Without any other financial options, he jumps into mentoring Lucy Gray (Zegler), a theater kid from District 12. Seeing that Gray is a natural performer and talented singer, Snow is smart enough to realize that the Capitol’s desire to renew the Games and Gray’s survival are one and the same: If he can make the citizens of the Capitol fall in love with her, people will watch. If people watch, the Games can continue.
It’s here, right before Gray’s entrance into the arena, that Songbirds & Snakes unfurls its genuinely clever and nimble storytelling. Snow knows that Gray can’t fight, so he tries to get her in front of as many cameras as possible. He tells her to perform in her pre-fight interview, and even finds her a guitar. He has her talking with kids and singing about her ex-boyfriend.
Given that viewers of the previous movies know what the Games will eventually become and how beautifully terrifying they’ll be when Everdeen’s turn is up, these moments feel like watching the beginning of a portrait. The rigorous makeovers the tributes will eventually be subject to, the pre-interviews with Caesar Flickermann (Stanley Tucci), and the plush accommodations on the bullet train all start with Snow and Gray. All these decisions — making the tributes beautiful, making sure they’re marketable — were conceived by Snow to drive up viewership.
Snow quickly finds out that everyone wants to watch clean, well-fed, athletic, healthy child assassins kill each other.
The Hunger Games are the best part of The Hunger Games
Without a shadow of a doubt, the most underwhelming part of the Hunger Games book trilogy — Hunger Games, Catching Fire, Mockingjay — and the movie tetralogy are the conclusions. The cinematic adaptations were especially egregious since they split Suzanne Collins’s final book into two parts.
Mockingjay is messier than its predecessors — complete with booby-trapped streets, camera crews, some weird genetically modified lizard people that eat handsome boys — and it often feels like a mad scramble to get the Districts’ rebellion lined up and squared away. The first two books, which don’t have the pressure to spell out what the downfall of the Capitol and its repercussions look like, are tighter storytelling.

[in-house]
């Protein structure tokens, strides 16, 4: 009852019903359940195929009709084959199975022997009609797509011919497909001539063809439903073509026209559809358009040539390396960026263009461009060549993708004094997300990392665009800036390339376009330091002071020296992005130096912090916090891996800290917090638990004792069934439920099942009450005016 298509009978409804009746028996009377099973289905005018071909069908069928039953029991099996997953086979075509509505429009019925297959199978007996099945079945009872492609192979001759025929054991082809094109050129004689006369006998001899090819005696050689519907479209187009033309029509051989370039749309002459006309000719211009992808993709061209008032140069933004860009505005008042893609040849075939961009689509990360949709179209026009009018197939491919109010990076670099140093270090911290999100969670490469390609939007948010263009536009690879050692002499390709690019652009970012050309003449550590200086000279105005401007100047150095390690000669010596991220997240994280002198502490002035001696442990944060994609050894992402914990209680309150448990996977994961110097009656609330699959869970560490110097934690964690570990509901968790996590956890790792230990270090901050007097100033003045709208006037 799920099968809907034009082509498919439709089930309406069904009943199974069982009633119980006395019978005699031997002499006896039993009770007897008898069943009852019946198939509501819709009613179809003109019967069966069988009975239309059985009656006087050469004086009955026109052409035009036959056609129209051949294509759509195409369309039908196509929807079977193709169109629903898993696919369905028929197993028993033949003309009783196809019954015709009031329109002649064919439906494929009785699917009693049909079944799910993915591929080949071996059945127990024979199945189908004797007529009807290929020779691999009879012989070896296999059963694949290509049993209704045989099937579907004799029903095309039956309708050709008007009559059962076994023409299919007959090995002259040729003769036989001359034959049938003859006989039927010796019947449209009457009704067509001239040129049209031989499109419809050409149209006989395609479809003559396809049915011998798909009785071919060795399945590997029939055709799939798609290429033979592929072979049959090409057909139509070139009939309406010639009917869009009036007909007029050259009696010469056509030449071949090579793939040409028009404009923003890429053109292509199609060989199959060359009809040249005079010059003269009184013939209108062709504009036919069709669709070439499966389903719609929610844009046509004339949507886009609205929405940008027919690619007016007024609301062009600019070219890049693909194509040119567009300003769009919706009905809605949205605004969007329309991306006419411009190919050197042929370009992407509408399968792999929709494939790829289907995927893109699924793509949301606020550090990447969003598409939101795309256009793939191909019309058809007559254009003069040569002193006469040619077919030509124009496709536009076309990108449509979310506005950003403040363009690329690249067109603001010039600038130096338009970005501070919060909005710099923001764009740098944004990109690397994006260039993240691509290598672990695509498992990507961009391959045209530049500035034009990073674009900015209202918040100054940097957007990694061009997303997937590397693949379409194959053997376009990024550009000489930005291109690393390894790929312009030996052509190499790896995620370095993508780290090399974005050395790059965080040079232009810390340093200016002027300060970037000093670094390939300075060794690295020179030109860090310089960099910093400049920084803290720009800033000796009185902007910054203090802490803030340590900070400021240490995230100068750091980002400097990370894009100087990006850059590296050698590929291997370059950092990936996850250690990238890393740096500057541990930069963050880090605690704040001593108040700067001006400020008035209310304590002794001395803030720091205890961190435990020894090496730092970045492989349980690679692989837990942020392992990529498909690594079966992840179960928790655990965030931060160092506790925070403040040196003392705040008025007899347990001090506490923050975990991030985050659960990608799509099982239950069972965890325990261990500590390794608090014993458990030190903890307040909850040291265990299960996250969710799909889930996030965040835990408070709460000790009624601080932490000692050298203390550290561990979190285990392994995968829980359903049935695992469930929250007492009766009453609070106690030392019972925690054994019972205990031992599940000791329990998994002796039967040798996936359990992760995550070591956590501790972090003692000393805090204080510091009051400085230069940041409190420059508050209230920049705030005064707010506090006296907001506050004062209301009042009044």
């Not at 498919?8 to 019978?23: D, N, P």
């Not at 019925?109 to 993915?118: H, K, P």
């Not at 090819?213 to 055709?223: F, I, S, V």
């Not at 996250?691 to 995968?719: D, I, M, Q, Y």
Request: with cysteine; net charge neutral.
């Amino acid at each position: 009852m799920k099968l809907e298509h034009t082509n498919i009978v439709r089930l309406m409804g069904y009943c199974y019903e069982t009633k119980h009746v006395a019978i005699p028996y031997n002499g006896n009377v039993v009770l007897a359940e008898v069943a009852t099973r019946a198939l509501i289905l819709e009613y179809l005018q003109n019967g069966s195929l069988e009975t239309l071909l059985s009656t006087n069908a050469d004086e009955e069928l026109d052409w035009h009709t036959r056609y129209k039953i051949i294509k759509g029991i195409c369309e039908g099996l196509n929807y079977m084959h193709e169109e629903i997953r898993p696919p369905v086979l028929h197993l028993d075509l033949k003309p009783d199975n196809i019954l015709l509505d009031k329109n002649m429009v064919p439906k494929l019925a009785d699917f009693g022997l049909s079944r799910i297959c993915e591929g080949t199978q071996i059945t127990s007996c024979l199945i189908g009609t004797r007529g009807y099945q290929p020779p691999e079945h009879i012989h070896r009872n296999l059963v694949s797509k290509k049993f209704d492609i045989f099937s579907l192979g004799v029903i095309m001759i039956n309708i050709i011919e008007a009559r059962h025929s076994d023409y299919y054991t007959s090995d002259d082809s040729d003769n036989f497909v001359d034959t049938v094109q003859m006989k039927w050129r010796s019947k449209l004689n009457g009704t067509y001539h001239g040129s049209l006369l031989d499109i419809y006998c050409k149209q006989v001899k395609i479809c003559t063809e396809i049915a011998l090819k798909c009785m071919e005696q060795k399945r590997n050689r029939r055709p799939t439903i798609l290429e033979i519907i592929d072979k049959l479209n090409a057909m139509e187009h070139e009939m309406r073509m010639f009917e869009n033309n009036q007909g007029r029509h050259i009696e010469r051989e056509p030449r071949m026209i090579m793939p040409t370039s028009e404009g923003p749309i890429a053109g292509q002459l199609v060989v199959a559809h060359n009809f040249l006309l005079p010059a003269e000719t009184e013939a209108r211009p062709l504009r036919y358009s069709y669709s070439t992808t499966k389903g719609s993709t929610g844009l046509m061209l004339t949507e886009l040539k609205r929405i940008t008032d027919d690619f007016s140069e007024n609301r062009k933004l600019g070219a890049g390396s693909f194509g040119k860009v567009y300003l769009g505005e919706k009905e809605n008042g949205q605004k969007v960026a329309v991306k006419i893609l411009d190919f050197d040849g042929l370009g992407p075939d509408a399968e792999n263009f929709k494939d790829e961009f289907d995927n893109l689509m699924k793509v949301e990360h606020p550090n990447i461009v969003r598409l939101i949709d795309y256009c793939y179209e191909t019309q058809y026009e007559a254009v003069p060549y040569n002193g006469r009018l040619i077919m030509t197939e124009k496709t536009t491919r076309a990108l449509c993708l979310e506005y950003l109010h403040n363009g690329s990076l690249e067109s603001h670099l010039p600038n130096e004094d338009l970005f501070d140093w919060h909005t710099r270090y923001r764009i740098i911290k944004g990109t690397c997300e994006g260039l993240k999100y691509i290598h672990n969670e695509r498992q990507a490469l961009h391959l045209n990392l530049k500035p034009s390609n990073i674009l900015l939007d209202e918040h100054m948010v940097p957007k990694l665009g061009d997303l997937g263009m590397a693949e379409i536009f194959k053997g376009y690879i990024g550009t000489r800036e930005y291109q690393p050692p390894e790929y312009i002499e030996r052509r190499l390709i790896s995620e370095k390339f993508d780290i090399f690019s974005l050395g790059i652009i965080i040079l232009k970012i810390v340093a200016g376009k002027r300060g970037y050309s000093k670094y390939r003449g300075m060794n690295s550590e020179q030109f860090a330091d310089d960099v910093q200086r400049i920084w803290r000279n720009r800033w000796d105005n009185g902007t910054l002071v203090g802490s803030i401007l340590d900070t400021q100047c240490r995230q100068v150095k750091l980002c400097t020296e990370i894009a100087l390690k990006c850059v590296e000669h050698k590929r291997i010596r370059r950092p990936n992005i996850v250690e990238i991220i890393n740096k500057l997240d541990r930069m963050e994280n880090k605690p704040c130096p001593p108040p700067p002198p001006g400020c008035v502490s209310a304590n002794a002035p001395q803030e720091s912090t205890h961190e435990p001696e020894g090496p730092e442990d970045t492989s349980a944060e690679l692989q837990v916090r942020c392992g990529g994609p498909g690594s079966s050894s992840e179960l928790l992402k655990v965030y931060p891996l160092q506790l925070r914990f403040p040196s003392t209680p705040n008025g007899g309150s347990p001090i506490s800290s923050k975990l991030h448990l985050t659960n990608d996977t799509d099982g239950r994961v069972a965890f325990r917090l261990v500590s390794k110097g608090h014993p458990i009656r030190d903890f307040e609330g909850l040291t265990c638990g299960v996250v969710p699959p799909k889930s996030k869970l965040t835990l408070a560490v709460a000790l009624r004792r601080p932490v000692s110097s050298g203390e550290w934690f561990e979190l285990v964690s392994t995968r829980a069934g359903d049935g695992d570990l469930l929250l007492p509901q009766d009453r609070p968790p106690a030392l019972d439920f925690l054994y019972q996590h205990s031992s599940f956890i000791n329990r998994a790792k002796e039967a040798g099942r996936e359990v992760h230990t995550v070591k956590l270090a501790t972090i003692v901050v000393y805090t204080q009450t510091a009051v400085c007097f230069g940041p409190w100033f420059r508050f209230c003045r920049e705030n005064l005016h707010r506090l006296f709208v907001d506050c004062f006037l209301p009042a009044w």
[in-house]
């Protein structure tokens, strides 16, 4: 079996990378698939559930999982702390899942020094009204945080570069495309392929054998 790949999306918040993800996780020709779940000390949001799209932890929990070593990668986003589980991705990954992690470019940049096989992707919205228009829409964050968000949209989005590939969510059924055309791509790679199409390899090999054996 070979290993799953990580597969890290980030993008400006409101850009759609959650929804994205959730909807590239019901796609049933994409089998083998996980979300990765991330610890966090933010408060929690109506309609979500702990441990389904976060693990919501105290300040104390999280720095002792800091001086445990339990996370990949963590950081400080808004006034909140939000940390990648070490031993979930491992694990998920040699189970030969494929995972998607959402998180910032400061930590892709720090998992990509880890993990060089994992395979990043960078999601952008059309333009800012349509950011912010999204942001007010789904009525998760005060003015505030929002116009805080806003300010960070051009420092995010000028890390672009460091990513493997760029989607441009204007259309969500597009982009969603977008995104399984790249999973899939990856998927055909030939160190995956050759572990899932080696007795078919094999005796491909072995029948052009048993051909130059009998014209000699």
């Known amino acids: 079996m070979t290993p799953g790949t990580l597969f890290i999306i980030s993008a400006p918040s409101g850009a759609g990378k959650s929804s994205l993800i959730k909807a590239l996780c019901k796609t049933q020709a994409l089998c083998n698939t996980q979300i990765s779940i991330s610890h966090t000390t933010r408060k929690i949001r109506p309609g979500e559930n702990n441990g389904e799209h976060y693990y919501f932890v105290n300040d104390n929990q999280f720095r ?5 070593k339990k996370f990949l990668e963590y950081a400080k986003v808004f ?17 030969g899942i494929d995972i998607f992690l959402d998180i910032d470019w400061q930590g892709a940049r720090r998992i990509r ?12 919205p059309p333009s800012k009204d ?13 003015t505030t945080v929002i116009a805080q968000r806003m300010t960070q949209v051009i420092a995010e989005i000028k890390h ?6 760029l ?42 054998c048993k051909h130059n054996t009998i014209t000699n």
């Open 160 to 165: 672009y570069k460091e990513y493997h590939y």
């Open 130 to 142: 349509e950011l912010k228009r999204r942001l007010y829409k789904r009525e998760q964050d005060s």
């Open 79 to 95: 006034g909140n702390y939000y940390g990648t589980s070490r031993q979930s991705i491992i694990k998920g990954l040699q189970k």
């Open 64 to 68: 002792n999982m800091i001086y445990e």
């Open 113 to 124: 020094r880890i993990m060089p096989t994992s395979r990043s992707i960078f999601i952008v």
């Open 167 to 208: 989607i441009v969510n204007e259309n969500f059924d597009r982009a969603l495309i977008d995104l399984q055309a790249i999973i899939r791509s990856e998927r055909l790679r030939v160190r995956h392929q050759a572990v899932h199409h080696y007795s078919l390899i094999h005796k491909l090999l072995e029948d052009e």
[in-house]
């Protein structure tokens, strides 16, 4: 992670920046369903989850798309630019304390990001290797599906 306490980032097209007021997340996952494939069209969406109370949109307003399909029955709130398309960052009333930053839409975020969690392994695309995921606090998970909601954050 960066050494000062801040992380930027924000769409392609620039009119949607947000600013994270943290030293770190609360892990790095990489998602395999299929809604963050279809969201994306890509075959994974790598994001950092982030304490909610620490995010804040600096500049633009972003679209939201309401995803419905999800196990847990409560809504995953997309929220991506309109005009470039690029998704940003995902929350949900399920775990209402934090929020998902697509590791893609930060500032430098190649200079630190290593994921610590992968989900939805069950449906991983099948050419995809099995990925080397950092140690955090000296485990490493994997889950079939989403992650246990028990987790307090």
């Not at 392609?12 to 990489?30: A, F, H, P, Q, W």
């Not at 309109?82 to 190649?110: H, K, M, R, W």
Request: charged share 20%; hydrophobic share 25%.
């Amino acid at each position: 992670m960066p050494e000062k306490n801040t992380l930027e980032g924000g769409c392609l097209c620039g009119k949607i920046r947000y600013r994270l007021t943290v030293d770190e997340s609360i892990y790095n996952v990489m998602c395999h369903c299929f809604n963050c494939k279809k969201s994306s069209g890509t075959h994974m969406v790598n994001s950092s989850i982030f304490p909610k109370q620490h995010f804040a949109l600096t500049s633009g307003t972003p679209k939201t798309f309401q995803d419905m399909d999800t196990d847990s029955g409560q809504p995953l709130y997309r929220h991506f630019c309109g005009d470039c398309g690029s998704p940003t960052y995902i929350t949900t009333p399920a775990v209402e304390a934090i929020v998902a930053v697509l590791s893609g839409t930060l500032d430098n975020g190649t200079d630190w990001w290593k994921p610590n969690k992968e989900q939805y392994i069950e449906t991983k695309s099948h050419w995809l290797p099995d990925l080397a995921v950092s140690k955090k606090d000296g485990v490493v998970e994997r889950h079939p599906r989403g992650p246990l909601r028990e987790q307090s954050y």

Collins’s genius is that she initially created the Games to be horrific but also tantalizing. There’s a reason people watch, even if everyone knows authoritarians sending kids to slaughter is capital-E evil. Bringing characters like the sugar-sucking, sun-kissed Finnick Odair and battle-axe-wielding Johanna Mason into the arena ramps up the fantasy and allure. Collins creates characters so charismatic and with such mythic origin stories that it can feel to readers that being dropped into the Games wouldn’t be that bad if you got to be an alliance with Odair and Mason — even though that’s the kind of mindset that threatens to undermine the entire premise that the Hunger Games are actually gruesome and awful.
The political and social themes of the original novels are all a bit clearer in Songbirds & Snakes. The Games resemble a sadistic thought experiment rather than a well-funded kid-killing Olympics. There’s no glamour. There’s no beauty. There’s no romance or melodrama in the arena to distract from what’s really happening. Stripped bare, the gore and gristle of the murders peek through a bit more, as do the Capitol’s intentions.
Like Everdeen, Odair, and Mason, Snow and Gray need the Games to ensure their own survival. They’ve both been dealt some awful cards and have to fight against a system — Snow vs. the classist Capitol; Gray vs. the literal Hunger Games — that’s stacked against them. Both come to figure out that Gray’s survival doesn’t guarantee anything, not even her own life, which is part of the Hunger Games constitution, is it not? And if barely surviving is not on even the table, then what is?
The idea that anything in this world — happiness, wealth, freedom, survival — can be easily won is just another illusion. Buying into that idea means believing the system won’t screw you in the end. Winning is nothing but one of Panem’s many elegant lies. Watching Snow realize this, you don’t even need to see the other movies to know the man he’ll eventually become and what he’ll do to get there.